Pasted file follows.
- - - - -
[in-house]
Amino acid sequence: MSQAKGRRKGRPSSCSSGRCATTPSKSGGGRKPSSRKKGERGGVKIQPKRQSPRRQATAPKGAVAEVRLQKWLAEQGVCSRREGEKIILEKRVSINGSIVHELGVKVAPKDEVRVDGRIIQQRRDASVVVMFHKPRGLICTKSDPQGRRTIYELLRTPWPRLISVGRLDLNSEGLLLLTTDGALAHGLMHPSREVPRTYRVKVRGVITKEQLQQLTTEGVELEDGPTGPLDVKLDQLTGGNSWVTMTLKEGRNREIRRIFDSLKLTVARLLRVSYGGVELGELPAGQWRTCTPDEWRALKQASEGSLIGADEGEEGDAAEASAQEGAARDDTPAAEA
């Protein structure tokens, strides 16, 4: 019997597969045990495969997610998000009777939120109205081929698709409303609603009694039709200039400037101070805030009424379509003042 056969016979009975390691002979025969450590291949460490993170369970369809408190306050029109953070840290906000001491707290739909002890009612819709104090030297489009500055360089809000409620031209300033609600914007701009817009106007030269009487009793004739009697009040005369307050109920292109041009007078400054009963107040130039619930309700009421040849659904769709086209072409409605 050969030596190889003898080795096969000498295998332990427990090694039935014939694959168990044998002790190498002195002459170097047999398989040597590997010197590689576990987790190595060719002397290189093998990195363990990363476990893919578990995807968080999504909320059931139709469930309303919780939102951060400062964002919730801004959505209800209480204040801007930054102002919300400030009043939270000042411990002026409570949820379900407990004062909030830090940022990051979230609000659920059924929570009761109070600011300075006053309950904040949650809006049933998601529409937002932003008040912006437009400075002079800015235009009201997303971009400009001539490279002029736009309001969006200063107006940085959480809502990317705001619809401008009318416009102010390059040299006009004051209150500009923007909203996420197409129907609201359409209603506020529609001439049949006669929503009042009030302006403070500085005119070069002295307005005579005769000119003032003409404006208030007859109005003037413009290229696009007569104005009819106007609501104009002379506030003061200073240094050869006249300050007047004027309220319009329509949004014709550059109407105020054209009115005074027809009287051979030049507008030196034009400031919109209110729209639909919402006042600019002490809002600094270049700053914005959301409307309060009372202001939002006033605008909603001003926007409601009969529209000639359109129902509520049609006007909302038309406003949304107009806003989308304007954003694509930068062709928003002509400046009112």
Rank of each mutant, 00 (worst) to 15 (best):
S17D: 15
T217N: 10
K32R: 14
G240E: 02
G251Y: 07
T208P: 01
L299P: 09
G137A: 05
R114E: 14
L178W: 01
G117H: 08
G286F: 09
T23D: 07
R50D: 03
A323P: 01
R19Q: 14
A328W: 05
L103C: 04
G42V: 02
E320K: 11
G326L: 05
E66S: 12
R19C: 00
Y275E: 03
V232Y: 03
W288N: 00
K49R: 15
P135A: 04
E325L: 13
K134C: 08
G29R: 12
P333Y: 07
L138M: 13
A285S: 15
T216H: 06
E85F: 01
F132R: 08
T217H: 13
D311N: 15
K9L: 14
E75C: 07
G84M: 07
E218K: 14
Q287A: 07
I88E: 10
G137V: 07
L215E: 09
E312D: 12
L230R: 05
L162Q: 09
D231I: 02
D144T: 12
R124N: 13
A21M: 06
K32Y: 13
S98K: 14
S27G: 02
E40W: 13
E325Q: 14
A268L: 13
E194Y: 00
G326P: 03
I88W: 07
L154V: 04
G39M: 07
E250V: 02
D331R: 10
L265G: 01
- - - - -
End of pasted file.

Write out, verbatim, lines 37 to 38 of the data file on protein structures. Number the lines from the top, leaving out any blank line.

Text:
L138M: 13
A285S: 15